In his new memoir “Friends, Lovers and the Big Terrible Thing,” Matthew Perry opens up about overcoming his drug and alcohol addictions – a decades-long struggle he attempted to hide from family, friends and co-stars.
Treatment centers and sober living facilities have helped him in his road to recovery, he told the New York Times earlier this week. In Alcoholics Anonymous, he sponsors three members, but he isn’t sold on the anonymous aspect of the program.
“It suggests that there’s a stigma and that we have to hide,” Perry told the Times Sunday. “This is not a popular opinion, by the way.”
For more than half a century, Alcoholics Anonymous has provided a sense of security, or as Perry called it, “the gift of anonymity,” for an issue that is still deeply misunderstood. Some experts worry the pressure to hide alcoholism may perpetuate internalized shame that prevents people from being treated in the first place. But this right to privacy is often a crucial impetus in seeking help.
“We want to create an environment where they actively want help,” says Keith Humphreys, a professor and director for Mental Health Policy at Stanford University. “So the fact that A.A. is saying, ‘Look, we know this is a condition that people judge harshly. We know you may feel ashamed of it and you may be worried your colleagues or family will judge you. So we’re offering anonymity,’ — having that choice is important.”
The role of anonymity in addiction recovery
Alcoholics Anonymous was founded in Akron, Ohio, in 1935, and one of its core tenants is its dedication to maintaining personal anonymity. According to its website, this provides protection for all members and especially newcomers, allowing disclosure to remain their choice.
The word “anonymous” is an option, A.A. says, not an obligation. It’s meant to provide as much privacy as an individual may desire.
There are many reasons why people may opt to keep their addiction a secret. Most commonly, the fear of judgement is often all-encompassing, especially in a culture that still demonizes substance use as a “moral failing,” rather than a disease.
“A.A. provides safe spaces that people could go to, to identify and talk about their addiction because they may have felt ostracized by family members or society at large,” says Holly Sawyer, professor and director of the Masters in Addictions Counseling program at Drexel University. “So when you have this community where everyone can be anonymous, that makes you feel like you’re not alone, that you’re not being judged.”
However, there’s often an added layer of shame that comes from hiding things, Humphreys says. “It can make them feel more unworthy and paradoxically, the panic of ‘Do people know?’ or “What are they thinking of me?’ can make the issue uglier.” Some people, for instance, may isolate themselves or alienate loved ones who grow suspicious. The stress alone can also steer others to further cope with substances.
In an ideal world, people should feel comfortable and safe enough to disclose their addiction and recovery – publicly and without shame. But despite growing awareness, the stigma of substance abuse is still deeply ingrained in our society. According to 2019 NSDUH, only 7% of people ages 12 and older who had alcohol use disorder received any treatment.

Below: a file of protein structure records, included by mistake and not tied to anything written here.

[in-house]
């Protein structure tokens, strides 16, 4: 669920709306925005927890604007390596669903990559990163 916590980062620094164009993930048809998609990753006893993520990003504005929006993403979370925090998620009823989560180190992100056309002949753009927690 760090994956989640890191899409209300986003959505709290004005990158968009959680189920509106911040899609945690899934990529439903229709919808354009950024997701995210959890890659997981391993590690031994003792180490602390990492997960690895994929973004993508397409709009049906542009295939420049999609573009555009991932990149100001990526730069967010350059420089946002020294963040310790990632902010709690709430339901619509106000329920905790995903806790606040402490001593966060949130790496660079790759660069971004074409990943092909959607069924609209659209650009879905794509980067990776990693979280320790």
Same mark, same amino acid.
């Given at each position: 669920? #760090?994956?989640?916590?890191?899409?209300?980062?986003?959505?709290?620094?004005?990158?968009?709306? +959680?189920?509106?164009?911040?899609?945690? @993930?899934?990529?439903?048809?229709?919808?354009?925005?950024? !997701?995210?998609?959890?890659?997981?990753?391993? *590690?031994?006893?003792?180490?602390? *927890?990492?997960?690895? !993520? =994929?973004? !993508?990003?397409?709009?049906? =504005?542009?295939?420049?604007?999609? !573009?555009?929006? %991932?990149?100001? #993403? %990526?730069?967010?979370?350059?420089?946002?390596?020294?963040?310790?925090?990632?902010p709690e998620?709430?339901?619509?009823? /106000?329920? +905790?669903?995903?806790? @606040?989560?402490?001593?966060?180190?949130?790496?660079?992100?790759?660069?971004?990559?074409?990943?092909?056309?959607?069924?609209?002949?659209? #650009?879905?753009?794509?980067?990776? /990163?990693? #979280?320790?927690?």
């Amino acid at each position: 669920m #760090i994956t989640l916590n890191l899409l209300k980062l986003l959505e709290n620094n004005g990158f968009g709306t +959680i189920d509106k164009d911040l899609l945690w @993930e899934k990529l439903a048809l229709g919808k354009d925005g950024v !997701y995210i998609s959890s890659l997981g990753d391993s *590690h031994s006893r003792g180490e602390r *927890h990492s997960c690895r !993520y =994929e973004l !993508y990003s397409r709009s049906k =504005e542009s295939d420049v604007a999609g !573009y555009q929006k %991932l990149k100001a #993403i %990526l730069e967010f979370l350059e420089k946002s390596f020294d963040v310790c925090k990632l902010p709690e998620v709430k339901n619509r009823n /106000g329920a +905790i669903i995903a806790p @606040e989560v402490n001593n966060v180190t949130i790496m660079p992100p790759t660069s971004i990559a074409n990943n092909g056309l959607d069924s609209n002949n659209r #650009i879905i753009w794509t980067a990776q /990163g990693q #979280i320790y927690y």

And it’s likely many people still don’t fully understand the nature of addiction. Charles Ingoglia, president and CEO of the National Council for Mental Wellbeing, believes there’s a cultural emphasis on self-stigma, but what is more difficult to address is the longstanding societal stigma, in which negative attitudes about what addiction is – and isn’t – lead to discrimination. Past research has found that the majority of survey participants did not support insurance, housing or employment policies benefiting those dependent on drugs.
In his experience working with people in recovery, Ingoglia says often times, they wish to be transparent but “question how they will be perceived in society. ‘Will I be second guessed? How will I be discriminated against?’ They often have to wonder if they’ll lose their children or be denied job or housing opportunities.”
There is nothing wrong with wanting to conceal your identity in an A.A. meeting or being hesitant to tell your loved ones about your experience. But the way to break this pervasive stigma, Sawyer says, is not with silence and anonymity, but with openness and compassion.
“It’s not a matter of remaining anonymous, because if you choose to, that’s your right,” she says. “But we need to publicize and talk about it when it comes to destigmatization, especially with famous people who have such a bigger reach and can normalize it when they talk openly about it.”
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If you’re concerned you might have a problem with alcohol, the NIAAA Rethinking Drinking website can help you evaluate their relationship with alcohol and decide how to proceed. For information about alcohol treatment during the COVID-19 pandemic, visit the NIAAA Alcohol Treatment Navigator.